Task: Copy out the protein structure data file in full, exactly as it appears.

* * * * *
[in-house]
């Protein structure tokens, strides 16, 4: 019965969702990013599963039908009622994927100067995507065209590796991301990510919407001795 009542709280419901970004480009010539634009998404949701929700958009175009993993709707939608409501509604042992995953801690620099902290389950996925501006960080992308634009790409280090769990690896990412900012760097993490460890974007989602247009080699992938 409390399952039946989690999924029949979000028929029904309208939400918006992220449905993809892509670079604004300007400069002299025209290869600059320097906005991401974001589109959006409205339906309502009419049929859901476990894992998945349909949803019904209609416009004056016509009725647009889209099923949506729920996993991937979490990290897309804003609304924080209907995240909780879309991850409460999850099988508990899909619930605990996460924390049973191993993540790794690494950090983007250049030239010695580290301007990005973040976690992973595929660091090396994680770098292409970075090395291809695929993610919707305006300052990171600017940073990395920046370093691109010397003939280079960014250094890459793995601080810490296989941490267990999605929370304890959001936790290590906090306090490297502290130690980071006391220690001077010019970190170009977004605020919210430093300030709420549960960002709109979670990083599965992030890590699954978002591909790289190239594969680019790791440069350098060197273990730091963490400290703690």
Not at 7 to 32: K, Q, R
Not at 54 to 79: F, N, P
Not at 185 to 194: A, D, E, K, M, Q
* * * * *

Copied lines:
[in-house]
């Protein structure tokens, strides 16, 4: 019965969702990013599963039908009622994927100067995507065209590796991301990510919407001795 009542709280419901970004480009010539634009998404949701929700958009175009993993709707939608409501509604042992995953801690620099902290389950996925501006960080992308634009790409280090769990690896990412900012760097993490460890974007989602247009080699992938 409390399952039946989690999924029949979000028929029904309208939400918006992220449905993809892509670079604004300007400069002299025209290869600059320097906005991401974001589109959006409205339906309502009419049929859901476990894992998945349909949803019904209609416009004056016509009725647009889209099923949506729920996993991937979490990290897309804003609304924080209907995240909780879309991850409460999850099988508990899909619930605990996460924390049973191993993540790794690494950090983007250049030239010695580290301007990005973040976690992973595929660091090396994680770098292409970075090395291809695929993610919707305006300052990171600017940073990395920046370093691109010397003939280079960014250094890459793995601080810490296989941490267990999605929370304890959001936790290590906090306090490297502290130690980071006391220690001077010019970190170009977004605020919210430093300030709420549960960002709109979670990083599965992030890590699954978002591909790289190239594969680019790791440069350098060197273990730091963490400290703690």
Not at 7 to 32: K, Q, R
Not at 54 to 79: F, N, P
Not at 185 to 194: A, D, E, K, M, Q